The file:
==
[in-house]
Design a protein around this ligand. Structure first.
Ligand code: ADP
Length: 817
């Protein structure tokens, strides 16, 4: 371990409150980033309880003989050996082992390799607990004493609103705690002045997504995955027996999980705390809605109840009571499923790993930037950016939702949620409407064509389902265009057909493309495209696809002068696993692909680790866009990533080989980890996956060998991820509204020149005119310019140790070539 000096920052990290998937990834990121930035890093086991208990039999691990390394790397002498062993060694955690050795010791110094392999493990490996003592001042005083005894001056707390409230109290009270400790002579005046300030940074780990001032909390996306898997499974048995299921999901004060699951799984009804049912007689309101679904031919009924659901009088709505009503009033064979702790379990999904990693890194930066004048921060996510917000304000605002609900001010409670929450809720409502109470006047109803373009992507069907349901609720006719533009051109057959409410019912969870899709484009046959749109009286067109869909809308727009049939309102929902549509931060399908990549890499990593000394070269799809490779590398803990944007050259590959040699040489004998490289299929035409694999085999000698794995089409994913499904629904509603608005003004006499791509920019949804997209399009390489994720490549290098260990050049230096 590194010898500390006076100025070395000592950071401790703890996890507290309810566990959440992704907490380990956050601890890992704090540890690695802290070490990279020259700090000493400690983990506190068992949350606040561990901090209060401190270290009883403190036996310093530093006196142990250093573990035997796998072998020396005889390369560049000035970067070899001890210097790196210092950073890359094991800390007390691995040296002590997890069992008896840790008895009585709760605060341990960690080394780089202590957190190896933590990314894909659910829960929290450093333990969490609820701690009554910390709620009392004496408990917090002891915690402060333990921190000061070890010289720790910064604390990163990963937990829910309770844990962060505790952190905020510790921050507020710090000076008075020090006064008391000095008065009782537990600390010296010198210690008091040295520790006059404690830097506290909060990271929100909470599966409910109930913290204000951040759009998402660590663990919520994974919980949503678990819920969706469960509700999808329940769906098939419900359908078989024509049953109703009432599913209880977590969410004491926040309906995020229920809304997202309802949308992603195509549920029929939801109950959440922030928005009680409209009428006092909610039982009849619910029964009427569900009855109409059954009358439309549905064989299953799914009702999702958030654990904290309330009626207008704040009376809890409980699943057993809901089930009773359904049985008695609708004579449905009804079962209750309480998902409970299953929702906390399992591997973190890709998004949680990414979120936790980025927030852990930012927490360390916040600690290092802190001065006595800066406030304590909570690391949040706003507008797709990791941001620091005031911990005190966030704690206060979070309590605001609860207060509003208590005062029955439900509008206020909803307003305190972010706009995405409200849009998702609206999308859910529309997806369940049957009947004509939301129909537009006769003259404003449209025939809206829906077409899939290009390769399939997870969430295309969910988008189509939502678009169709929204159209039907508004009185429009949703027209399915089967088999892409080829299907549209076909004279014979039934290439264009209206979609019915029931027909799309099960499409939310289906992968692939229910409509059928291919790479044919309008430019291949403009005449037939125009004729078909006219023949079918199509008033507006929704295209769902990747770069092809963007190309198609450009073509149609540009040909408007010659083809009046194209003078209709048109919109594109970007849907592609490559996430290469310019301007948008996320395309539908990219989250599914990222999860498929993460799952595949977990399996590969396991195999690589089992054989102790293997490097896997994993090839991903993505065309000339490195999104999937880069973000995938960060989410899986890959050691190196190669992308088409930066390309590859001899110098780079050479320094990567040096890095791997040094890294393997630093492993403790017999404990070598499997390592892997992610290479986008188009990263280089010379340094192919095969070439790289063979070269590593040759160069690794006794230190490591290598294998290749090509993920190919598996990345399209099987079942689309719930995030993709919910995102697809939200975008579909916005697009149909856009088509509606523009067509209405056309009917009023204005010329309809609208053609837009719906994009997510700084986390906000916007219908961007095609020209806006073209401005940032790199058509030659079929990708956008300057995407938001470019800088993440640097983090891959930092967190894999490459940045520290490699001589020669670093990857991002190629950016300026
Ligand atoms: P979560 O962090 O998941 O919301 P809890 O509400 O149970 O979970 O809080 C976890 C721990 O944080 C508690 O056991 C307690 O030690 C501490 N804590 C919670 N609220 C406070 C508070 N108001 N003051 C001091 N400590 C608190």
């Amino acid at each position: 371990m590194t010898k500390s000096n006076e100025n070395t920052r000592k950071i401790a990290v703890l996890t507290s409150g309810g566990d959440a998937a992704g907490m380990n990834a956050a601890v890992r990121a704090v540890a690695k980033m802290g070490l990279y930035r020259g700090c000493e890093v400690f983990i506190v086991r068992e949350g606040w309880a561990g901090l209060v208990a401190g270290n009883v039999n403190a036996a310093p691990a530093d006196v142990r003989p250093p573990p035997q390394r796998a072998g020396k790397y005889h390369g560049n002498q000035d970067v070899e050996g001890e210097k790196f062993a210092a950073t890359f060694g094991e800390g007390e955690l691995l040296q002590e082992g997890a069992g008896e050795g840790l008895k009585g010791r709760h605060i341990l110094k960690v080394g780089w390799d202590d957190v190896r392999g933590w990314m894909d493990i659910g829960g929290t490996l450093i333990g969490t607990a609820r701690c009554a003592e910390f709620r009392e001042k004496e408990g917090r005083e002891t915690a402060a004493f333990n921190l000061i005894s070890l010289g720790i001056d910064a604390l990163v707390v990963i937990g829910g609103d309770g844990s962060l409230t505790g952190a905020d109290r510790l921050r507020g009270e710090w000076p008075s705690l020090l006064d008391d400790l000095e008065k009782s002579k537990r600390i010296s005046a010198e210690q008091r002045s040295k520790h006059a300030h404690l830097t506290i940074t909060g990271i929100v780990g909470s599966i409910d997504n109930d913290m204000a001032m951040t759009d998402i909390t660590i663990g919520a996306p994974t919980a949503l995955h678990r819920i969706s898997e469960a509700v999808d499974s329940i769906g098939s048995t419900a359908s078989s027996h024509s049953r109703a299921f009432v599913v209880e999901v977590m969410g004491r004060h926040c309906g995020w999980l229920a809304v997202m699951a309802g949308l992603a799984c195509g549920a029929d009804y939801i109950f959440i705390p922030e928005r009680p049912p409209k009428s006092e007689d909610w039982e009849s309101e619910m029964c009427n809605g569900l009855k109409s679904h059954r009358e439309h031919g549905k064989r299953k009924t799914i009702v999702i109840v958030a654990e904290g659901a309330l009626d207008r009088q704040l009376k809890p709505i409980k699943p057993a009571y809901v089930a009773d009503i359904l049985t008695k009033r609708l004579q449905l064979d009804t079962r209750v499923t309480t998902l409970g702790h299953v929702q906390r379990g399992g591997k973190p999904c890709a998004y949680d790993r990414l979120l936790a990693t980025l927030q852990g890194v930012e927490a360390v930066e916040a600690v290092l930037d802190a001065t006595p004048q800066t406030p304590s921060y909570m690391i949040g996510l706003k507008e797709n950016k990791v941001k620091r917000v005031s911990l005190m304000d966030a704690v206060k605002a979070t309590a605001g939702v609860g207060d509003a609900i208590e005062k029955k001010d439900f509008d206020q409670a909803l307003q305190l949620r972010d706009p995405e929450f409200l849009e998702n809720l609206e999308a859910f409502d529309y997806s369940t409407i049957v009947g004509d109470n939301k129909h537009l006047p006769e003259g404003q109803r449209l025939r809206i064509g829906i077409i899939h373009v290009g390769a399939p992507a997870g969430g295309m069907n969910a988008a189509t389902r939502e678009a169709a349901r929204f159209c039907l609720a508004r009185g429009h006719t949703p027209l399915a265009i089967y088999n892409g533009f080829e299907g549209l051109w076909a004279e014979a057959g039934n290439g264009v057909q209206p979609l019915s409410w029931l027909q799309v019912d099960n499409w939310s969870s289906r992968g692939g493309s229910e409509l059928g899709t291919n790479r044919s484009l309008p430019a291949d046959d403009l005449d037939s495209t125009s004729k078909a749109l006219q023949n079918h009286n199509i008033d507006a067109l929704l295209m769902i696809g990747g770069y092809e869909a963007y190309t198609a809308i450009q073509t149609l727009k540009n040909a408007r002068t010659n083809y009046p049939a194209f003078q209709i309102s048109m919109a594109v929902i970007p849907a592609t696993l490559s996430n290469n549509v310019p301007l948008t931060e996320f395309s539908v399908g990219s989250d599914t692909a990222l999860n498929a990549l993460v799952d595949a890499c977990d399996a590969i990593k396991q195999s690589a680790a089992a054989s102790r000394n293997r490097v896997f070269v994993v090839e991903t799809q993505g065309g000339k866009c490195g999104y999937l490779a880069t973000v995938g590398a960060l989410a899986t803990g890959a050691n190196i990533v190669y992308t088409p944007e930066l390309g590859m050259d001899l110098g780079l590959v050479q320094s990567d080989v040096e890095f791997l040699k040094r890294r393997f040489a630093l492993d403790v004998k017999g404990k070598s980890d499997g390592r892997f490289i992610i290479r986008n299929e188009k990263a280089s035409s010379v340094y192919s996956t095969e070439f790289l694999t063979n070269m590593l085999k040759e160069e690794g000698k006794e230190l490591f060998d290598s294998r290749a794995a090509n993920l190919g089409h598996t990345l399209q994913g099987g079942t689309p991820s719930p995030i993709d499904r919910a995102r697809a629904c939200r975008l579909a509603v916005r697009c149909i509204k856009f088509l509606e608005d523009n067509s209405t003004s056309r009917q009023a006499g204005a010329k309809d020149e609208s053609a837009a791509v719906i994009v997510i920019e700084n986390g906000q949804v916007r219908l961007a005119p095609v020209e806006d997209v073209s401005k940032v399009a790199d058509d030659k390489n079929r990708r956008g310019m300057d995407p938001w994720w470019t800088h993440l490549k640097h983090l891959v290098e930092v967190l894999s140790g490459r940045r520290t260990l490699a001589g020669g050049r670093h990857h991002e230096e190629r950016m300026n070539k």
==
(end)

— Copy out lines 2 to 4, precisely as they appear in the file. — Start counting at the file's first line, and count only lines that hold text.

Design a protein around this ligand. Structure first.
Ligand code: ADP
Length: 817